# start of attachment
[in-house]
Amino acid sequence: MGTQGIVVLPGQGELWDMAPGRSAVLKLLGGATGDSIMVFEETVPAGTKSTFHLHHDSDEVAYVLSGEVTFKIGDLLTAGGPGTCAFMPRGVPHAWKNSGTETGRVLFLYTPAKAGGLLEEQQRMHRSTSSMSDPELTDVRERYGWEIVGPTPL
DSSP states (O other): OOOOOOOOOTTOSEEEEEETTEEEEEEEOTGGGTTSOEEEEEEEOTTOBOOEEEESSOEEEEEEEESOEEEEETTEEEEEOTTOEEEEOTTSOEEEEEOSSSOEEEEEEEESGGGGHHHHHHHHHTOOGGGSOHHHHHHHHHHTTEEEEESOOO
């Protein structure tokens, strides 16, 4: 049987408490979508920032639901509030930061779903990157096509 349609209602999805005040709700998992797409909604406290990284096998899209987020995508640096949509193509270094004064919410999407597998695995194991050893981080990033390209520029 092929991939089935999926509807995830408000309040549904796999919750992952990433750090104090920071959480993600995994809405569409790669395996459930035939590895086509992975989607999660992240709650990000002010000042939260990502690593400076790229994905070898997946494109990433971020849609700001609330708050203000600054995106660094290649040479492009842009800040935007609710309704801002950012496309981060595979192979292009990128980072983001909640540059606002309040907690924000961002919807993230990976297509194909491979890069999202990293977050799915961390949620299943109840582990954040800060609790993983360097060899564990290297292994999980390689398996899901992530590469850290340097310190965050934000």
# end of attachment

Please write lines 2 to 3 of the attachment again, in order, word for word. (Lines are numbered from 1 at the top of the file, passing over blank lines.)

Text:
Amino acid sequence: MGTQGIVVLPGQGELWDMAPGRSAVLKLLGGATGDSIMVFEETVPAGTKSTFHLHHDSDEVAYVLSGEVTFKIGDLLTAGGPGTCAFMPRGVPHAWKNSGTETGRVLFLYTPAKAGGLLEEQQRMHRSTSSMSDPELTDVRERYGWEIVGPTPL
DSSP states (O other): OOOOOOOOOTTOSEEEEEETTEEEEEEEOTGGGTTSOEEEEEEEOTTOBOOEEEESSOEEEEEEEESOEEEEETTEEEEEOTTOEEEEOTTSOEEEEEOSSSOEEEEEEEESGGGGHHHHHHHHHTOOGGGSOHHHHHHHHHHTTEEEEESOOO